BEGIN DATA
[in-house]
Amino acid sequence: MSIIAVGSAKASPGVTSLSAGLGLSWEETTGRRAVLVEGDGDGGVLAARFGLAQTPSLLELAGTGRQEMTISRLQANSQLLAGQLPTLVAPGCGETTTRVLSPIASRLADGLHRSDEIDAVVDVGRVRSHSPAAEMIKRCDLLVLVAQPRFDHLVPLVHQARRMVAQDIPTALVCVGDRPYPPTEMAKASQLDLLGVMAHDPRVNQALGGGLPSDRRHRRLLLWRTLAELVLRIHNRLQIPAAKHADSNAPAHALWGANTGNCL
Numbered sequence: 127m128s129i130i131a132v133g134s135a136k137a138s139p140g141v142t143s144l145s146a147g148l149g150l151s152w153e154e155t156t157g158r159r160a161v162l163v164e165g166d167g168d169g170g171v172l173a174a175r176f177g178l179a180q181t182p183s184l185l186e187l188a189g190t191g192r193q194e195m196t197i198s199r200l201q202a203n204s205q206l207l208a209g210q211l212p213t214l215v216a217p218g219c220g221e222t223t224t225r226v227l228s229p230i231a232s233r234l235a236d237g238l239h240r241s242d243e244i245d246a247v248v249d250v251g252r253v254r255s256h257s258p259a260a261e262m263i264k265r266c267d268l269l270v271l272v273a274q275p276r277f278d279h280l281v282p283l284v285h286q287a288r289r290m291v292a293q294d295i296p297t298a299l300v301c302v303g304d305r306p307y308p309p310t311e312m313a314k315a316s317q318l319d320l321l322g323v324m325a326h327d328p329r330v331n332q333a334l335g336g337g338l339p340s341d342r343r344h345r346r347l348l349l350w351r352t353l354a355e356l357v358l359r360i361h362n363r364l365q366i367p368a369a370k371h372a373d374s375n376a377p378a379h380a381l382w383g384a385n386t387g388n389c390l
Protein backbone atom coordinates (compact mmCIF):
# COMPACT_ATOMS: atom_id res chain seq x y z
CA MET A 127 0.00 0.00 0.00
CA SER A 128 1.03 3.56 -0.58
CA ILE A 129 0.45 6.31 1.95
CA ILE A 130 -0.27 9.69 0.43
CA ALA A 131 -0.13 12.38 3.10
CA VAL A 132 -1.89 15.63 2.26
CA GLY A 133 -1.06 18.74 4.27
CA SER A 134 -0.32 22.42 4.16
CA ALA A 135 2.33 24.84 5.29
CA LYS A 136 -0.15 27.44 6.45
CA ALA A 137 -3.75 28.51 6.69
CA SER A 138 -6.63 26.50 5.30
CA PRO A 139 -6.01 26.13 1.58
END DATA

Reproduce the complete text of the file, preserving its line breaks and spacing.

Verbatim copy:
[in-house]
Amino acid sequence: MSIIAVGSAKASPGVTSLSAGLGLSWEETTGRRAVLVEGDGDGGVLAARFGLAQTPSLLELAGTGRQEMTISRLQANSQLLAGQLPTLVAPGCGETTTRVLSPIASRLADGLHRSDEIDAVVDVGRVRSHSPAAEMIKRCDLLVLVAQPRFDHLVPLVHQARRMVAQDIPTALVCVGDRPYPPTEMAKASQLDLLGVMAHDPRVNQALGGGLPSDRRHRRLLLWRTLAELVLRIHNRLQIPAAKHADSNAPAHALWGANTGNCL
Numbered sequence: 127m128s129i130i131a132v133g134s135a136k137a138s139p140g141v142t143s144l145s146a147g148l149g150l151s152w153e154e155t156t157g158r159r160a161v162l163v164e165g166d167g168d169g170g171v172l173a174a175r176f177g178l179a180q181t182p183s184l185l186e187l188a189g190t191g192r193q194e195m196t197i198s199r200l201q202a203n204s205q206l207l208a209g210q211l212p213t214l215v216a217p218g219c220g221e222t223t224t225r226v227l228s229p230i231a232s233r234l235a236d237g238l239h240r241s242d243e244i245d246a247v248v249d250v251g252r253v254r255s256h257s258p259a260a261e262m263i264k265r266c267d268l269l270v271l272v273a274q275p276r277f278d279h280l281v282p283l284v285h286q287a288r289r290m291v292a293q294d295i296p297t298a299l300v301c302v303g304d305r306p307y308p309p310t311e312m313a314k315a316s317q318l319d320l321l322g323v324m325a326h327d328p329r330v331n332q333a334l335g336g337g338l339p340s341d342r343r344h345r346r347l348l349l350w351r352t353l354a355e356l357v358l359r360i361h362n363r364l365q366i367p368a369a370k371h372a373d374s375n376a377p378a379h380a381l382w383g384a385n386t387g388n389c390l
Protein backbone atom coordinates (compact mmCIF):
# COMPACT_ATOMS: atom_id res chain seq x y z
CA MET A 127 0.00 0.00 0.00
CA SER A 128 1.03 3.56 -0.58
CA ILE A 129 0.45 6.31 1.95
CA ILE A 130 -0.27 9.69 0.43
CA ALA A 131 -0.13 12.38 3.10
CA VAL A 132 -1.89 15.63 2.26
CA GLY A 133 -1.06 18.74 4.27
CA SER A 134 -0.32 22.42 4.16
CA ALA A 135 2.33 24.84 5.29
CA LYS A 136 -0.15 27.44 6.45
CA ALA A 137 -3.75 28.51 6.69
CA SER A 138 -6.63 26.50 5.30
CA PRO A 139 -6.01 26.13 1.58